How Gary Harris is quickly becoming one of the most underrated players in the NBA

You heard it here first, Gary Harris is the next elite shooting guard. The 6-4 deadeye shooter of the Denver Nuggets is among the many talented 25 and younger stars in the NBA. While he may not be featured on any top 10 highlight reel or put up a bunch of triple doubles, Gary Harris’ value goes beyond the flashy plays and superstar box score numbers.

You might not think much of Harris when looking at his stats. His 15.3 points per game aren’t eye popping. His rebounds and assists aren’t overwhelmingly impressive, and playing alongside the passing god from Serbia that is Nikola Jokic makes it easy to be overshadowed. To understand the true impact of his game you’d have to dig deeper to fully grasp the value Gary Harris brings to the floor.

Again, the 15.3-2.7-2.8 averages don’t tell the full story. Gary Harris is one of the premier shooters in the NBA and one of the better defensive players at his position. Not only does he excel at shooting the ball at a high percentage, but he’s also phenomenal moving without the ball and using various screen to put him and his team in the best position to score the ball.

In the 2016-17 season Harris was one of the best kept secrets. Not only did Harris shoot a stellar 42% from downtown, which was 8th best in the NBA and 6th highest among shooting guards, he also shot an efficient 50% from the floor which ranked 1st among all shooting guards and he did this while playing some solid defense. He also managed to finish top 20 in true shooting percentage and top 10 in effective field goal percentage. The only other shooting guard with a higher true shooting percentage was Kyle Korver.

Moving right along, not only is Gary Harris one of the purest shooters in the entire NBA, but he’s also one of the best cutters and players moving without the ball, an undervalued part of the game that creates a ton of opportunities for teams and completely breaks down a defense. His off ball movement and sharp cutting opened up a lot of easy looks for the Denver Nuggets… And it probably helps if Nikola Jokic is the one delivering those passes.

Check out the clip below for a better understanding of how Harris excels at getting high percentage looks while moving without the ball.

While some fans might still be unfamiliar with Gary Harris, his game is very similar to Klay Thompson, and this comparison isn’t as far-fetched as it sounds. When comparing both players at age 22, the numbers were fairly similar. Harris put up numbers of 14.9 points, 3.1 rebounds, 2.9 assists and 1.2 steals per game. Klay at that same age averaged 16.6 points, 3.7 rebounds, 2.2 assists and 1 steal per game.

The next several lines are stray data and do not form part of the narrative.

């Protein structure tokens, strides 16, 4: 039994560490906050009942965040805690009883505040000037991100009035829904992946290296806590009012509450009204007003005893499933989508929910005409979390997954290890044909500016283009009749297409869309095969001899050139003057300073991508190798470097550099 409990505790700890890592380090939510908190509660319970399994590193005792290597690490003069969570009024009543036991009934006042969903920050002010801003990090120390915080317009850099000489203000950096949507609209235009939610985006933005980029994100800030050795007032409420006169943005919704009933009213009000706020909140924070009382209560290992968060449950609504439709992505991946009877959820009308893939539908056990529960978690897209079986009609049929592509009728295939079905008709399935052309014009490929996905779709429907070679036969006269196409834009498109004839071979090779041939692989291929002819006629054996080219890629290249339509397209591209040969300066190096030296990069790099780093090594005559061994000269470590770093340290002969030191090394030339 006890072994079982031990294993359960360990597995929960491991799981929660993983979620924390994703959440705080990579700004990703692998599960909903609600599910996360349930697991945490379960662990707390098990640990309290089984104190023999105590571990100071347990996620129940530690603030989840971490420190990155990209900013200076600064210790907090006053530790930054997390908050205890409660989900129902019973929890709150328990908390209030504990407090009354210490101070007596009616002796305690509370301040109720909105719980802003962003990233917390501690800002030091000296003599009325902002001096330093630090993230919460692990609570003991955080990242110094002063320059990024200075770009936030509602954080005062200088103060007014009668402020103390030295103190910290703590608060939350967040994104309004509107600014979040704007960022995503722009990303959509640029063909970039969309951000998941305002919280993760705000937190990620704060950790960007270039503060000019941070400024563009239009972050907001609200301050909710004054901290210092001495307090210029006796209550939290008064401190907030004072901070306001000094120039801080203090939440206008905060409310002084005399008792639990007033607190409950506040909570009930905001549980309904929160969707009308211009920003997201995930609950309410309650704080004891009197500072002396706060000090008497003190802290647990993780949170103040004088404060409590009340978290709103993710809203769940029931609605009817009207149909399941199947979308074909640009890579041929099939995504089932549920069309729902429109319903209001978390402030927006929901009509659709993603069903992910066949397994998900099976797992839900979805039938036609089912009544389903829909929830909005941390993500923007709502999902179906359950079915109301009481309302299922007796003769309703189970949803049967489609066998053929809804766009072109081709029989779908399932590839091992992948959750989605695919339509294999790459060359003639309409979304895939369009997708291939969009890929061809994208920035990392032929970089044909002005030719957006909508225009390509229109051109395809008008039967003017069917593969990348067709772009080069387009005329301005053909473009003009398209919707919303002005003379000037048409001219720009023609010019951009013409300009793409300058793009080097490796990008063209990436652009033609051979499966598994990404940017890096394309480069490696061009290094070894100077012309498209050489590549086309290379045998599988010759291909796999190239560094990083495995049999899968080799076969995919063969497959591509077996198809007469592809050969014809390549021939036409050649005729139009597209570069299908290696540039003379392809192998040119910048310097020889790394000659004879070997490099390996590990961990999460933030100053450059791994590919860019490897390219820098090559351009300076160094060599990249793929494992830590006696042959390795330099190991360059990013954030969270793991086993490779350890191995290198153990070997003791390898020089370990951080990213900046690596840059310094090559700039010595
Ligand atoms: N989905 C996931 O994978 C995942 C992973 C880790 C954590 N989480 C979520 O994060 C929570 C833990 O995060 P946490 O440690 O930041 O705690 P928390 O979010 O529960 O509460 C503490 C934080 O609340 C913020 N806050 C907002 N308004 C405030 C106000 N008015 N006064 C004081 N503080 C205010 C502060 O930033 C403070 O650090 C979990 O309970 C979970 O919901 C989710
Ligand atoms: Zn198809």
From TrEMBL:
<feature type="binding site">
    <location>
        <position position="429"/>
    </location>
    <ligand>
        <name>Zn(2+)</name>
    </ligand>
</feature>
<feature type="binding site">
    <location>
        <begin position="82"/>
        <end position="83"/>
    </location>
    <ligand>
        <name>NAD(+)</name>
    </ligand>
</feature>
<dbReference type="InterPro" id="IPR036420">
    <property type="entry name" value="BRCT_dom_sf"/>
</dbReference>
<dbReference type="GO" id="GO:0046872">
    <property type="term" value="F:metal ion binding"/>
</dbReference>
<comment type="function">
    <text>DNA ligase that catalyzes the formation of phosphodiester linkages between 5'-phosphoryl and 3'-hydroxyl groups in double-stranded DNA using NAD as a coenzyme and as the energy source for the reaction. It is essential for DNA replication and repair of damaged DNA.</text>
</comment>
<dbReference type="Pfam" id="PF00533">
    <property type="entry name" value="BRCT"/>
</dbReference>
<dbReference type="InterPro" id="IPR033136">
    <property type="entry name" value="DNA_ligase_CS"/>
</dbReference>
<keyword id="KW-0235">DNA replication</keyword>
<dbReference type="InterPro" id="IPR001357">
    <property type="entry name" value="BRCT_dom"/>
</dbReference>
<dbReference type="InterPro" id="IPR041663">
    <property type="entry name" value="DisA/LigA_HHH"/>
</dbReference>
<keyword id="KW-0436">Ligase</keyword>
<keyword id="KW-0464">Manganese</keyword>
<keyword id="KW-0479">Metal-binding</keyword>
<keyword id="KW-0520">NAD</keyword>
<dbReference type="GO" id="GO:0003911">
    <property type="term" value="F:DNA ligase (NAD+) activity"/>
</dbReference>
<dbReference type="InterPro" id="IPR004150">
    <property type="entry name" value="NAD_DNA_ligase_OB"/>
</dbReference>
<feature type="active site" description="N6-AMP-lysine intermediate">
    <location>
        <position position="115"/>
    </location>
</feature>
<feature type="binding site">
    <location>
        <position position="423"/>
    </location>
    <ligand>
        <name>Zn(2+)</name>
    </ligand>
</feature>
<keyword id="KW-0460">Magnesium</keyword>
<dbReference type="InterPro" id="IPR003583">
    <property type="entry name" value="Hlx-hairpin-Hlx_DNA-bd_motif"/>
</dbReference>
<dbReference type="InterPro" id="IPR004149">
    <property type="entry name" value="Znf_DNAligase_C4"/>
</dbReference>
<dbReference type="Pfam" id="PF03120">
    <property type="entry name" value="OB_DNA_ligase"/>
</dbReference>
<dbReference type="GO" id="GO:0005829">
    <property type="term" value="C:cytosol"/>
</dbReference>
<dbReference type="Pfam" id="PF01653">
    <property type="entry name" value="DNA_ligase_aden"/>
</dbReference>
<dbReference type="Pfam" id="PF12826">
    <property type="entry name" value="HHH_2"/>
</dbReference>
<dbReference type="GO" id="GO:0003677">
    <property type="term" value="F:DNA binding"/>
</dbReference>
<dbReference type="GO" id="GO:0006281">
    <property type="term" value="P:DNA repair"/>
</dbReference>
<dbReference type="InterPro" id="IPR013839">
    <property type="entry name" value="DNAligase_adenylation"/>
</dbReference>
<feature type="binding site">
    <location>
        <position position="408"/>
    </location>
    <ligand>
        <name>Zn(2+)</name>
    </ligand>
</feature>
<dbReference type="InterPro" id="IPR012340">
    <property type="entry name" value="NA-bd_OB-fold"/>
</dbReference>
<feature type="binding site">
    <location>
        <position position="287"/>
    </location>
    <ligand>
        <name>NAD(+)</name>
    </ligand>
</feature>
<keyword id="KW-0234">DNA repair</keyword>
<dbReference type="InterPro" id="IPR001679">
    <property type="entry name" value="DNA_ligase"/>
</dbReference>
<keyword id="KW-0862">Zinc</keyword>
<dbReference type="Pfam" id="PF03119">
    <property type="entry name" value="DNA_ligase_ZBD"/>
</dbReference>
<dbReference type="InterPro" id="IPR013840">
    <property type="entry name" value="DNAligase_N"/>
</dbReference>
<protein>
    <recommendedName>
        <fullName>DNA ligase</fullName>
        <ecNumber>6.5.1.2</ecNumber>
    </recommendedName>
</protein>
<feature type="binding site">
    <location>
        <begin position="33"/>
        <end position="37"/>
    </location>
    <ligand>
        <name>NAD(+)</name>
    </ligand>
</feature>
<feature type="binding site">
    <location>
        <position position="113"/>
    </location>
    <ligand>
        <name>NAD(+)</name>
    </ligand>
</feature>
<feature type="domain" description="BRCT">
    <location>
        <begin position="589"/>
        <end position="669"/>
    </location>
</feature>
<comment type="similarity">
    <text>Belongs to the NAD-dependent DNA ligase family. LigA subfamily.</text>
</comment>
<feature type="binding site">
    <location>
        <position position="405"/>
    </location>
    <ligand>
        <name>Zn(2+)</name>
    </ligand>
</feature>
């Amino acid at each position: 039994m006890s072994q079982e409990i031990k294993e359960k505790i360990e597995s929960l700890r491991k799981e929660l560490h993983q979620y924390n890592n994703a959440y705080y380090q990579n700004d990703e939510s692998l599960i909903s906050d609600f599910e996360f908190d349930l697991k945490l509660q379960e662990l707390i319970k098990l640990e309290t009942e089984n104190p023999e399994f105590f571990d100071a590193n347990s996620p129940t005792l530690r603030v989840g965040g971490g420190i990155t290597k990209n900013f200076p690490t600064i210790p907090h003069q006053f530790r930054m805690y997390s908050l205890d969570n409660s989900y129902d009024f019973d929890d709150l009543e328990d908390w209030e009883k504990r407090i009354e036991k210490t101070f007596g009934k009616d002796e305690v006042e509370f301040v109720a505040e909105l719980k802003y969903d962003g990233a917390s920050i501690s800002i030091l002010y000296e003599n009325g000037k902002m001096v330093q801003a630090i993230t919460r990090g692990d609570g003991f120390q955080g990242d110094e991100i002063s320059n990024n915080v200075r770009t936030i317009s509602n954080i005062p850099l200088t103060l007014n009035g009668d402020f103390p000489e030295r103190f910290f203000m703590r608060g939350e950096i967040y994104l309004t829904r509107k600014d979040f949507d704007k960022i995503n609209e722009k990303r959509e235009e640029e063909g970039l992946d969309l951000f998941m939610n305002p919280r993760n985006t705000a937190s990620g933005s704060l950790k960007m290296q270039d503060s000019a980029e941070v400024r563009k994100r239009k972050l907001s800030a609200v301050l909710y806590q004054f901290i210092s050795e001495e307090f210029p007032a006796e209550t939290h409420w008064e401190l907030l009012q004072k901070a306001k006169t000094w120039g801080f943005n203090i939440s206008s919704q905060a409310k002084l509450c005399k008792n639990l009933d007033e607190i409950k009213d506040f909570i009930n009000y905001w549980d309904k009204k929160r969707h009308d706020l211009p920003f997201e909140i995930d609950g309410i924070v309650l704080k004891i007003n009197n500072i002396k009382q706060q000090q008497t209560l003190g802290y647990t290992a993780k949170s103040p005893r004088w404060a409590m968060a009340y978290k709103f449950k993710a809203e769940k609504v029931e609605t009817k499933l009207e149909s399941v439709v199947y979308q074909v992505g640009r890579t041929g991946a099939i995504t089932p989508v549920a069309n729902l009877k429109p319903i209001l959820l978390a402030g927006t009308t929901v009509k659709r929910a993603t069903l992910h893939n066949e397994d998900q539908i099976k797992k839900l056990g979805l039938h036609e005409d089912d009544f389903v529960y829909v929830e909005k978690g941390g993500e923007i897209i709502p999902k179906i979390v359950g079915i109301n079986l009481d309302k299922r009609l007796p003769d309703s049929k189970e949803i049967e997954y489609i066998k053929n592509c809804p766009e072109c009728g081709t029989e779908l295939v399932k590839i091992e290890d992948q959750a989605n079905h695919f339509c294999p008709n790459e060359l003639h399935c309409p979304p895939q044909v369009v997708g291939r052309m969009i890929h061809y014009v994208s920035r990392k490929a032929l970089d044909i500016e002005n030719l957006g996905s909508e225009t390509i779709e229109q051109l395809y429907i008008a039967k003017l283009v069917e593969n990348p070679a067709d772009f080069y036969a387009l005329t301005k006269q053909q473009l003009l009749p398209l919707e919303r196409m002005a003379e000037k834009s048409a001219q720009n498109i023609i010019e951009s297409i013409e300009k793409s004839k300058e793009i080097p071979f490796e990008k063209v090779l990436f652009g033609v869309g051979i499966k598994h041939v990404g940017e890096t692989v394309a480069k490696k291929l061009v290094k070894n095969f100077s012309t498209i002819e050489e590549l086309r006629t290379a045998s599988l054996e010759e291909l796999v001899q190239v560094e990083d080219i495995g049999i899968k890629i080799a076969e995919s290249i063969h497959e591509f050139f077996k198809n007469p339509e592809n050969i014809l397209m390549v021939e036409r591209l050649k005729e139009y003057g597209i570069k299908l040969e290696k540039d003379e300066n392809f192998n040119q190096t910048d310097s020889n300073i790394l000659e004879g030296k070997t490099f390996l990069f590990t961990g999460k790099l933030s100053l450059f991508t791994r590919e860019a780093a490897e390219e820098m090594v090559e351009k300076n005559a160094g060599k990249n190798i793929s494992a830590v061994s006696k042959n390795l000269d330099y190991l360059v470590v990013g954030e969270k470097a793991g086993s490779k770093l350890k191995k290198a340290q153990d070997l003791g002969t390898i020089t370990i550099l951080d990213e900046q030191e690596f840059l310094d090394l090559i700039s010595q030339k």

Staying in the same seasons, Thompson at age 22 shot 47.6% from the floor when left wide open. Harris at the same age shot 46% under the same circumstances. Thompson shot 39.3% when guarded, while Harris shot 42.2%. Harris at 22 also put up higher PER, Win Shares, Offensive Win Shares, True Shooting Percentage and Plus Minus, all while playing less minutes and lower usage percentage than Thompson.

In no way am I implying Harris will be a better player than Klay Thompson, but it is something to take into consideration when thinking about what the future hold for Harris. If he can continue to match this productivity, theres no doubt in my mind that he can become one of the best two-way players in the league.

As for this season, Harris is at it again. His consistent shooting and pesky activity on the defensive end of the floor is paying off as he ranks

Top 25 in effective field goal percentage(.573).

Top 20 in catch and shoot points(6.5), 43% from the floor and 42% from three.

Top 20 in true shooting percentage(.624).

Top 5 in steals per game(2.0).

Among shooting guards it gets even better for the 3rd year sharpshooter as he ranks 3rd in real plus-minus among shooting guards(3.35), trailing only Jimmy Butler and Victor Oladipo. 4th in offensive real plus-minus(2.73) and 1st in steals per game. Not to mention Harris is currently top 10 in field goal percentage and top 15 in 3-point percentage among all two guards.

Defensively, Harris has been great in that department. His quick hands and active movement on defense cause havoc for opposing ball handlers. Not only is Harris 4th in the NBA steals(1st among shooting guards) but he’s also top 10 in defensive real plus-minus among shooting guards(0.62). He already has 9 games with 3 or more steals and a league high 6 steals in one game. And just to sweeten things up a bit, opponents are shooting 33% from the floor when defended by Harris, a team best. 7th in the NBA in deflections per game(3.2) and 9th in total deflections for the season(70).

In his last 10 games since returning from a shoulder injury, Harris is averaging 18.7 points per game along with 2.3 steals and just around 3 assists and 3 rebounds. Not to mention he put up 20+ points in 6 of the 10 games. While his shooting has slipped a bit during this stretch, shooting 47% from the floor and 39% from beyond the arc, you can assure it won’t be long until he returns to his elite shooting ways.

Expect him to continue his consistent play as Denver will likely look for more production out of him while Millsap and Jokic are sidelined with injuries. It won’t be long before Gary Harris becomes one of the marquee shooting guards in the NBA.

  • All stats courtesy of,,

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